Ricciardi draws response from Dunn
Jays GM's comments irk Reds' slugging outfielder
MILWAUKEE -- Over the years, Blue Jays general manager J.P. Ricciardi has shown a willingness to openly air his thoughts. The problem is that his honesty has led to some unintended trouble on more than one occasion.
Ricciardi's latest slip came on Wednesday night, during his weekly radio call-in show with Blue Jays fans on the FAN 590 AM in Toronto. A frustated Jays fan phoned in and asked if the team had considered trying to acquire slugger Adam Dunn from the Reds to boost Toronto's slumping offense.
Instead of simply saying that the Blue Jays didn't have interest in Dunn, Ricciardi publicly slammed Cincinnati's slugging left fielder.
"Let me ask you something. What do you know about Adam Dunn?" Riccardi told the caller. "He's a lifetime .230, .240 hitter that strikes out a ton and hits home runs. Do you know that the guy really doesn't like baseball all that much?
"Do you know the guy doesn't have a passion to play the game that much? How much do you know about the player? There's a reason why you're attracted to some players and there's a reason why you're not attracted to some players.
"I don't think you'd be very happy if we brought Adam Dunn here."
Needless to say, the Jays' upcoming three-game Interleague series against the Reds, beginning on Tuesday in Toronto, just got a little more interesting. In Cincinnati, Dunn caught wind of Ricciardi's remarks and was understandably irked by the GM's comments.
"I know nothing about this clown. I have no idea who he is," Dunn told reporters. "I don't really care what one guy thinks, to be honest with you. If I'm a GM, I don't know if I would go out of my way to kind of discredit a player."
"It [ticks] me off to be honest with you," Dunn continued. "He doesn't even know me. If he knew me, fine, say what you want. This guy doesn't know anything about me other than what he sees on whatever SportsCenter they have up there. That's it."
With the series in Toronto looming, Dunn added that he didn't have any hard feelings toward the Blue Jays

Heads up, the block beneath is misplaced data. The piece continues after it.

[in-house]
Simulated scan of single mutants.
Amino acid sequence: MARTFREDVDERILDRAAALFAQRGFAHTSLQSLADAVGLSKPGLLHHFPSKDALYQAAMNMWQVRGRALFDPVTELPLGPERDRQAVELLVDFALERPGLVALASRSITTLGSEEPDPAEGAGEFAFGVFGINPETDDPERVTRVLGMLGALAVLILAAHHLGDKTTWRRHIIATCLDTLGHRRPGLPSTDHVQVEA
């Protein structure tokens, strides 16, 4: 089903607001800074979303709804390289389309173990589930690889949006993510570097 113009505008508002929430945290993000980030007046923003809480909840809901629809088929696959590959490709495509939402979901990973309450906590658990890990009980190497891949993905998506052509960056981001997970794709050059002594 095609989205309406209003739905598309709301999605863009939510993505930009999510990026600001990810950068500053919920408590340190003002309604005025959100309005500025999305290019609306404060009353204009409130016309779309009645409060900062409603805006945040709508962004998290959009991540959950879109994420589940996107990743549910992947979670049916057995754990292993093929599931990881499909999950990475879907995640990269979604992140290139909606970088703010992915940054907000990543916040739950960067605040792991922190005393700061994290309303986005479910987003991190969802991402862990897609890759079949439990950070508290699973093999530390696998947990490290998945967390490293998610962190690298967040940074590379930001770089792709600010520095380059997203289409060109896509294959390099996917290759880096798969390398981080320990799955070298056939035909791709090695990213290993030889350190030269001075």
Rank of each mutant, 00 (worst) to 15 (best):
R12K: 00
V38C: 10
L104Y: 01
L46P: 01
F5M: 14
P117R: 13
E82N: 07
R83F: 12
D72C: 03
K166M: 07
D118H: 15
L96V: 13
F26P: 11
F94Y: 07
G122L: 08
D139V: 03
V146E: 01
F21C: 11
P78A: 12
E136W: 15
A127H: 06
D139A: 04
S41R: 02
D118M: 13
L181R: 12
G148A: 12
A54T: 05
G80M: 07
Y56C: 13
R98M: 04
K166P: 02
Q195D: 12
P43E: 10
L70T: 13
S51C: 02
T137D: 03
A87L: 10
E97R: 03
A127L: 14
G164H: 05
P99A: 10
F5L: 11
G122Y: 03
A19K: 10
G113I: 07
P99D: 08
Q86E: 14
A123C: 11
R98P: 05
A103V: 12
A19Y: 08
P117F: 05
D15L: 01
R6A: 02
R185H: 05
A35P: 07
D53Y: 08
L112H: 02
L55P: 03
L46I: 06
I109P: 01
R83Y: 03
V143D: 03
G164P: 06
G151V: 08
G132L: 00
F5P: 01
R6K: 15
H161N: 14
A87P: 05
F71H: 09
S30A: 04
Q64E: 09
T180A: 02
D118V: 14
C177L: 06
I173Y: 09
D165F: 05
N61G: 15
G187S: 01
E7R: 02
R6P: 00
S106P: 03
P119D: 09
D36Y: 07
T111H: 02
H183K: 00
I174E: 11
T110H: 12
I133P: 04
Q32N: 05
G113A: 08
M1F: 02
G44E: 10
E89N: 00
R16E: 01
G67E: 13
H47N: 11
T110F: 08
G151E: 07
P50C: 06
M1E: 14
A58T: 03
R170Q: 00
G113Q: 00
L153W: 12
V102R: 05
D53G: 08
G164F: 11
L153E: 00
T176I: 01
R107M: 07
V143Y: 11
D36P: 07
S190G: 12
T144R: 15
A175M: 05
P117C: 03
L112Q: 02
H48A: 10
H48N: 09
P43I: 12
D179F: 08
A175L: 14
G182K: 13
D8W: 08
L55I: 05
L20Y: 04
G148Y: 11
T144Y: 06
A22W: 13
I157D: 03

"The players didn't say anything," Dunn said. "It was some clown sitting in the front office pushing paper."
It's not the first time that Ricciardi has created some controversy with comments that came during his weekly call-in show, which is dubbed "Wednesdays with J.P." In early May of last season, Ricciardi admitted on air that the Jays had intentionally fabricated a story about closer B.J. Ryan's left elbow injury.
|"If anything happens, I ain't going to Toronto."|
-- Reds outfielder|
"It was his elbow that was bothering him," Ricciardi said during that particular episode last season. "There's a lot of things we don't tell the media, because the media doesn't need to know it and the fans don't need to know it. They're not lies if we know the truth."
Ricciardi, who is scheduled to join the Jays in Pittsburgh this weekend, faced a lot of heat locally and nationally during that ordeal, and he has once again opened the door for more criticism.
That's not to say that Ricciardi hasn't been taking his knocks in the press already. Entering Thursday's game in Milwaukee, the Blue Jays resided in last place in the American League East. They trailed first-place Boston by 10 games, largely due to a struggling offense. That being the case, it seems understandable for a fan to wonder if the Jays would target a power hitter such as Dunn.
Entering Thursday, the Jays' 47 home runs as a team were tied for the second-fewest in the Majors. Dunn, 28, has hit 256 homers over the past eight seasons with the Reds, including at least 40 in each of the past four campaigns. This year, Dunn, who is a career .247 hitter, has hit .227 with 18 homers and 43 RBIs through 69 games for the Reds.
In light of Ricciardi's comments, Dunn said he could completely rule out a trade north of the border.
"If anything happens, I ain't going to Toronto," Dunn said. "I can eliminate one team. I'm not converting my dollars to loonies and toonies just yet."
Jordan Bastian is a reporter for MLB.com. This story was not subject to the approval of Major League Baseball or its clubs.